How to Write a Paragraph for a Professional Letter

Writing a rough draft can help you organize your thoughts.
Writing a rough draft can help you organize your thoughts. (Image: escribir_2 image by drakis from

Some universities and colleges dedicate entire classes to the business writing process but the basics are easy to learn. A good professional business letter grabs the reader's attention, lets her know why she should care about the issue at hand and ends with a specific call to action. You want to keep the tone professional and polite. Humor is generally avoided because it can be misinterpreted. You also want to be precise and concise. Avoid generalizations even if it means doing a little extra research before you write.

Clearly identify your audience and tailor the information to their needs and wants.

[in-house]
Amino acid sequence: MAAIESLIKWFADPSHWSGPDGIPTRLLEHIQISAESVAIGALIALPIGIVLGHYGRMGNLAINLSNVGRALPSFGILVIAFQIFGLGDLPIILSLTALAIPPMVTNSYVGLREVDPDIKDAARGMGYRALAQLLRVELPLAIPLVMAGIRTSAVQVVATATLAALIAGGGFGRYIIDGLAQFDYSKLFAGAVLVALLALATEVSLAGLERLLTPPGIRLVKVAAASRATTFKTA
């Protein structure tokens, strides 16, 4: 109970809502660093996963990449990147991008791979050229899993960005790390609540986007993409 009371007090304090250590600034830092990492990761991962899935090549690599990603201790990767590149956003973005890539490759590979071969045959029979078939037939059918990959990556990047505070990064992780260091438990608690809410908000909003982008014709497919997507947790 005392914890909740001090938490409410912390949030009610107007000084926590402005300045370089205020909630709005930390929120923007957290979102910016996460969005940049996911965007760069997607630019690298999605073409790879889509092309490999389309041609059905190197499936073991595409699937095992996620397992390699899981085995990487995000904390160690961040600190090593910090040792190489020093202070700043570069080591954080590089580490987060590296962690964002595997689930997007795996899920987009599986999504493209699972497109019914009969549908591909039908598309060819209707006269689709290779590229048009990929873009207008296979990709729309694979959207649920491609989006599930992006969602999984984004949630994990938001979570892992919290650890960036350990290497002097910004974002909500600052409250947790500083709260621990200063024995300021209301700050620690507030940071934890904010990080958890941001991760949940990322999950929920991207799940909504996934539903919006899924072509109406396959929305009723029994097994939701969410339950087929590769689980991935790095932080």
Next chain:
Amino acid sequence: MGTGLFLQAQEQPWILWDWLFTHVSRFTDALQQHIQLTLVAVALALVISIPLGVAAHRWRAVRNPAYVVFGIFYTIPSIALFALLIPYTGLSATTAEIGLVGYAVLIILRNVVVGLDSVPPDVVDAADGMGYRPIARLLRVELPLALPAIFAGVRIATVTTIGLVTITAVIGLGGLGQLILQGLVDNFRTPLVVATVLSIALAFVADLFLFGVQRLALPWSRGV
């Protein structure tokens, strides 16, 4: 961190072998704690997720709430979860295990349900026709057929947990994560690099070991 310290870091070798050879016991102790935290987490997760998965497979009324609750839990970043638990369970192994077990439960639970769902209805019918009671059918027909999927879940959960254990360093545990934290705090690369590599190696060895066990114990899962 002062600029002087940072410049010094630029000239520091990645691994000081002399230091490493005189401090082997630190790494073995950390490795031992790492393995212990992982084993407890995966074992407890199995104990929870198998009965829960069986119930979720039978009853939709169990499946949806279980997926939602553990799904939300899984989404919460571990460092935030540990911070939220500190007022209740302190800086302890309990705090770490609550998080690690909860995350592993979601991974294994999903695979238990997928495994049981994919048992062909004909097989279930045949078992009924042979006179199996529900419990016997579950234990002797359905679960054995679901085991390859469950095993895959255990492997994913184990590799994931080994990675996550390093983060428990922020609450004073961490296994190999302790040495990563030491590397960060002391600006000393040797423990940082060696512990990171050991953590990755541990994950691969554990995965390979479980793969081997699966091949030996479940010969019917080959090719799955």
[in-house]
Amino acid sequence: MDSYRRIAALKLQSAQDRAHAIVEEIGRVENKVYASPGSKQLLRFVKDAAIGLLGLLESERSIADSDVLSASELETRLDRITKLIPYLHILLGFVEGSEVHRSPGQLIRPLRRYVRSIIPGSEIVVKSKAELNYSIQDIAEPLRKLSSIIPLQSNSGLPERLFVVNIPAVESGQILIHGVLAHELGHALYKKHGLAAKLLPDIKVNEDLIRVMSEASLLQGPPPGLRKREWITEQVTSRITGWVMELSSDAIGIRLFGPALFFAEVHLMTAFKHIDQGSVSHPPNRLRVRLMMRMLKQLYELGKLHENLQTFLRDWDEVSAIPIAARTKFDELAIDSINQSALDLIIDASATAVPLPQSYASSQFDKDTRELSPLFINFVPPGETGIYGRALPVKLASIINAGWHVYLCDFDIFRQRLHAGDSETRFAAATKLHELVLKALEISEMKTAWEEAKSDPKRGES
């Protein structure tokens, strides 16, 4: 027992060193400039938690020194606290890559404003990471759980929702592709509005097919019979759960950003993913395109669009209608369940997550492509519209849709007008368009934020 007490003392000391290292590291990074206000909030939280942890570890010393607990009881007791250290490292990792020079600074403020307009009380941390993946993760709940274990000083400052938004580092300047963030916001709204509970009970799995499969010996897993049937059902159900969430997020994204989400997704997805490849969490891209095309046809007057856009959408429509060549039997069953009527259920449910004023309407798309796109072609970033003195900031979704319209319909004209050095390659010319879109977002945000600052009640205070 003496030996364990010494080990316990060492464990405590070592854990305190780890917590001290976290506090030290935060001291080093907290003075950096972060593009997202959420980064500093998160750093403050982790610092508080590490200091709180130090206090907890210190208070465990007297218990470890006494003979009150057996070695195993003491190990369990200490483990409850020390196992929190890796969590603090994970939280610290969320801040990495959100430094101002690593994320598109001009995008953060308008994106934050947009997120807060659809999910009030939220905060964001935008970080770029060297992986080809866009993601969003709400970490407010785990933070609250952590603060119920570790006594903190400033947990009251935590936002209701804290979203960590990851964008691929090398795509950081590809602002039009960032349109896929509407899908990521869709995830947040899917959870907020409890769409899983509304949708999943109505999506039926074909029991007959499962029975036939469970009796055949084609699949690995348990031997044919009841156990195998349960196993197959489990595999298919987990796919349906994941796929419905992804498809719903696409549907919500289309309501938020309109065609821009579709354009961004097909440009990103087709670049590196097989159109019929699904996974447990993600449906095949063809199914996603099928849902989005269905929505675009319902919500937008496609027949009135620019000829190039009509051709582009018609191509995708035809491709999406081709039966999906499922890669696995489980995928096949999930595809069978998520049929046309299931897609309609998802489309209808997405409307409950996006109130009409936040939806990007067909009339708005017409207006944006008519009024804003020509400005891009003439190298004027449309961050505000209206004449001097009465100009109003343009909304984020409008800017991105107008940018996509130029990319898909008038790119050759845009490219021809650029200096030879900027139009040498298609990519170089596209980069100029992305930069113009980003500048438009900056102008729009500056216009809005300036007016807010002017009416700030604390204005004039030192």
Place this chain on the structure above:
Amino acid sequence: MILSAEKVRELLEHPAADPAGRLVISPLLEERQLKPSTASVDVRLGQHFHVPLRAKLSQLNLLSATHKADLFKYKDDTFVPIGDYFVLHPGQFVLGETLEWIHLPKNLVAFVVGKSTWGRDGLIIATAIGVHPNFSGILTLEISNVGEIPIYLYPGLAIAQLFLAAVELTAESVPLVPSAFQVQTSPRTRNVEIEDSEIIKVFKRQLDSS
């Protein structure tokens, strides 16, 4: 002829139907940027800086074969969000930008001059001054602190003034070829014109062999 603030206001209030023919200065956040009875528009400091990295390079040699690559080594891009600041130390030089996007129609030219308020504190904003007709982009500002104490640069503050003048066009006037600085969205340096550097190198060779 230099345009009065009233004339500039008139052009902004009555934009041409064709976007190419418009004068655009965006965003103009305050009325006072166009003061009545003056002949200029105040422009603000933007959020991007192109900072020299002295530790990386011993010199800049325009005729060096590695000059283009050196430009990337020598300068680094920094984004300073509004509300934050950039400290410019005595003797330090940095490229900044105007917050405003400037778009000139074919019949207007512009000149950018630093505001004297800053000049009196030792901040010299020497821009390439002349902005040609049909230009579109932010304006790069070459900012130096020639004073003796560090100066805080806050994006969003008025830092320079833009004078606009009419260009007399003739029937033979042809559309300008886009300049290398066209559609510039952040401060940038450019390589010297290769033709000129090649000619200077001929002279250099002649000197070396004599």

Outline what you want to say. Organize your thoughts and create a rough draft before writing your final paragraph. Also, consider how this particular paragraph will fit into the letter as a whole.

Write a topic sentence. This first sentence should give the reader a preview of what is to come. Use the outline you created in Step 1 to pinpoint the most important information.

Write the body of the paragraph. Work in all the relevant information you outlined in Step 1. The body of a paragraph in a professional letter is traditionally three to five sentences long, but use as few or as many sentences as needed.

Format your paragraph. If you are using a block letter format, do not indent the start of the paragraph. Instead place a line break or blank line between each completed paragraph. For a traditional layout, indent the beginning of the paragraph five spaces or approximately 1/2 inch.

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  • "Excellence in Business Communications: Fifth Edition"; Thill, John V. and Bovee, Courland L.; 2002
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